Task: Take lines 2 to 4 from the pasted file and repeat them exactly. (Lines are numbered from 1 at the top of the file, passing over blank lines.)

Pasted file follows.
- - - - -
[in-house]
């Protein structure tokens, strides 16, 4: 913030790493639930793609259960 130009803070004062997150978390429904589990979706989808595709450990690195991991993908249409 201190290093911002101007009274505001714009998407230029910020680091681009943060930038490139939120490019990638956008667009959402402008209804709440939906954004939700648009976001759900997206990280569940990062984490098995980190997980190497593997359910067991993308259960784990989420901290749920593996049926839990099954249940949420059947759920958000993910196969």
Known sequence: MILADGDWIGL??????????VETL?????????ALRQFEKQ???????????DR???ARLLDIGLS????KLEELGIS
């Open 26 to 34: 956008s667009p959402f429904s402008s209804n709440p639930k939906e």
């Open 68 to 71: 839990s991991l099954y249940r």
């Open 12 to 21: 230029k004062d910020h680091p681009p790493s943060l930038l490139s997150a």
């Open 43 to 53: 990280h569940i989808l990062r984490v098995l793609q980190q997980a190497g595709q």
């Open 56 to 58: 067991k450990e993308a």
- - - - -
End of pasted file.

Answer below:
């Protein structure tokens, strides 16, 4: 913030790493639930793609259960 130009803070004062997150978390429904589990979706989808595709450990690195991991993908249409 201190290093911002101007009274505001714009998407230029910020680091681009943060930038490139939120490019990638956008667009959402402008209804709440939906954004939700648009976001759900997206990280569940990062984490098995980190997980190497593997359910067991993308259960784990989420901290749920593996049926839990099954249940949420059947759920958000993910196969």
Known sequence: MILADGDWIGL??????????VETL?????????ALRQFEKQ???????????DR???ARLLDIGLS????KLEELGIS
């Open 26 to 34: 956008s667009p959402f429904s402008s209804n709440p639930k939906e």